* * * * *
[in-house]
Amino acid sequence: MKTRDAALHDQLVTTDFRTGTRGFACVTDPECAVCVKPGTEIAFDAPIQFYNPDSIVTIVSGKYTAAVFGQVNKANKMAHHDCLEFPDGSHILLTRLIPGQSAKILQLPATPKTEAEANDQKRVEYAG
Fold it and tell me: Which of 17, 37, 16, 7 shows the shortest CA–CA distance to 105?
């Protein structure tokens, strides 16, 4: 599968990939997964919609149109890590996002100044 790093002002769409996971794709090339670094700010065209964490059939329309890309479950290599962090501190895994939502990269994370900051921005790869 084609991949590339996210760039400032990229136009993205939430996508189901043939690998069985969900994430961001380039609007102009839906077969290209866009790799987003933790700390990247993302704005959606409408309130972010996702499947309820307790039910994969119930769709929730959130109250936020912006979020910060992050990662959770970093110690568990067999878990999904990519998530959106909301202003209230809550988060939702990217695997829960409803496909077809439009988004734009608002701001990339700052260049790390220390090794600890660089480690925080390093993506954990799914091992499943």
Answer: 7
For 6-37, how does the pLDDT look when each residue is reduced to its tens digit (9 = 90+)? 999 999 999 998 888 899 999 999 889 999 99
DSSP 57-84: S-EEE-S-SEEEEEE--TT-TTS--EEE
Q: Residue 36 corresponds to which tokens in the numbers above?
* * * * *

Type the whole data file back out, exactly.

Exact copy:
[in-house]
Amino acid sequence: MKTRDAALHDQLVTTDFRTGTRGFACVTDPECAVCVKPGTEIAFDAPIQFYNPDSIVTIVSGKYTAAVFGQVNKANKMAHHDCLEFPDGSHILLTRLIPGQSAKILQLPATPKTEAEANDQKRVEYAG
Fold it and tell me: Which of 17, 37, 16, 7 shows the shortest CA–CA distance to 105?
């Protein structure tokens, strides 16, 4: 599968990939997964919609149109890590996002100044 790093002002769409996971794709090339670094700010065209964490059939329309890309479950290599962090501190895994939502990269994370900051921005790869 084609991949590339996210760039400032990229136009993205939430996508189901043939690998069985969900994430961001380039609007102009839906077969290209866009790799987003933790700390990247993302704005959606409408309130972010996702499947309820307790039910994969119930769709929730959130109250936020912006979020910060992050990662959770970093110690568990067999878990999904990519998530959106909301202003209230809550988060939702990217695997829960409803496909077809439009988004734009608002701001990339700052260049790390220390090794600890660089480690925080390093993506954990799914091992499943």
Answer: 7
For 6-37, how does the pLDDT look when each residue is reduced to its tens digit (9 = 90+)? 999 999 999 998 888 899 999 999 889 999 99
DSSP 57-84: S-EEE-S-SEEEEEE--TT-TTS--EEE
Q: Residue 36 corresponds to which tokens in the numbers above?